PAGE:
Bloomberg News

Palm Oil Drops for Second Day as Malaysian Reserves Set to Climb

March 26, 2013

Palm oil fell for a second day on speculation that stockpiles in Malaysia, the world’s second- biggest producer after Indonesia, may climb as exports decline.

The contract for delivery in June dropped as much as 1.1 percent to 2,436 ringgit ($787) a metric ton on the Malaysia Derivatives Exchange, and ended the morning session at 2,438 ringgit in Kuala Lumpur. Futures gained 3.3 percent last week, closing at 2,493 ringgit, the highest price since Feb. 22.

Exports from Malaysia fell 7.5 percent to 1.07 million tons in the first 25 days of this month from the same period in February, surveyor Intertek said yesterday. Shipments had been 11 percent higher during the first 20 days of the month, according to the surveyor. Inventories were 2.44 million tons in February after reaching a record 2.63 million tons in December, according to Malaysian Palm Oil Board.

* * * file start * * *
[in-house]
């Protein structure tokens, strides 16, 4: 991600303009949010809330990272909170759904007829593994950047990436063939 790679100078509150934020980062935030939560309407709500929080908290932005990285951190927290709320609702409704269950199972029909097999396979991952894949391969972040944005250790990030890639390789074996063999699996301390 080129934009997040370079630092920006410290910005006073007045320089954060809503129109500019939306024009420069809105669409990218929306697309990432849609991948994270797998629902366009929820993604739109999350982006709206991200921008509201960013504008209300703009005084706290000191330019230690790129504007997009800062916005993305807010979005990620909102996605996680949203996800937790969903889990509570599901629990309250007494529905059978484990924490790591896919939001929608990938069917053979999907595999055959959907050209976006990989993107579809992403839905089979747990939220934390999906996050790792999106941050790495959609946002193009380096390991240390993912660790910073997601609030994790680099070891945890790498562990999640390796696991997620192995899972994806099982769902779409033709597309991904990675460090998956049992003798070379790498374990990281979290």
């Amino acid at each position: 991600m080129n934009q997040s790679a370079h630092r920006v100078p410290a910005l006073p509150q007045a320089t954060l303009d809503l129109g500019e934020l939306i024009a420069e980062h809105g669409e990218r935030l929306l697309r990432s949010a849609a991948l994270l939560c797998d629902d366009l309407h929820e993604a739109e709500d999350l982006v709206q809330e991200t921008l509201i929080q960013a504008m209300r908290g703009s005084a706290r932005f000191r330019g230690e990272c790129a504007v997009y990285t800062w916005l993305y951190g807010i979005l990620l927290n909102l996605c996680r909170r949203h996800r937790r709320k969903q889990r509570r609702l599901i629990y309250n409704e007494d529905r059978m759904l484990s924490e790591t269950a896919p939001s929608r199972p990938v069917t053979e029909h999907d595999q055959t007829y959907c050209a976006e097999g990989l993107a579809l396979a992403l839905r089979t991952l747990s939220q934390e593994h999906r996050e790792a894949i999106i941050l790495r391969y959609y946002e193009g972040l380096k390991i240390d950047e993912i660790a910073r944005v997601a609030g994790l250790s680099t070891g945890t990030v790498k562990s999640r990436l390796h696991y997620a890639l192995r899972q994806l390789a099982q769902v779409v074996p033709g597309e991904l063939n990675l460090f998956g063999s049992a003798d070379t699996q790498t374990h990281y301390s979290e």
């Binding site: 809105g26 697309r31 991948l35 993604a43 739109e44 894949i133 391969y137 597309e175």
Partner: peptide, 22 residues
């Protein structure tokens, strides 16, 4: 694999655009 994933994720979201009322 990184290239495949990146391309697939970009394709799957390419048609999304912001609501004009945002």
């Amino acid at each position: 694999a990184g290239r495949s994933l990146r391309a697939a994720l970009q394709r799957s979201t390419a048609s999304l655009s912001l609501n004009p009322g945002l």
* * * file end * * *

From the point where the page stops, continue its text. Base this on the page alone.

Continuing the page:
“Prices are falling on expectation that the inventories will start to move up again by the end of May,” Ryan Long, a vice president of futures and options at OSK Investment Bank Bhd., said by phone from Kuala Lumpur. “I don’t expect any kind of exceptional Malaysian exports. Even with a higher tax Indonesia still manages to sell the oil at a cheaper price.”

Stockpiles will be more than 2 million tons at the end of March as production may expand, he said.

Soybean oil for May delivery dropped 0.3 percent to 50.31 cents a pound on the Chicago Board of Trade, while soybeans for May was little changed at $14.365 a bushel.

Refined palm oil for September delivery fell 0.6 percent to 6,376 yuan ($1,026) a ton on the Dalian Commodity Exchange. Soybean oil for delivery in the same month was little changed at 8,098 yuan a ton.

To contact the reporter on this story: Swansy Afonso in Mumbai at safonso2@bloomberg.net

To contact the editor responsible for this story: Jake Lloyd-Smith at jlloydsmith@bloomberg.net


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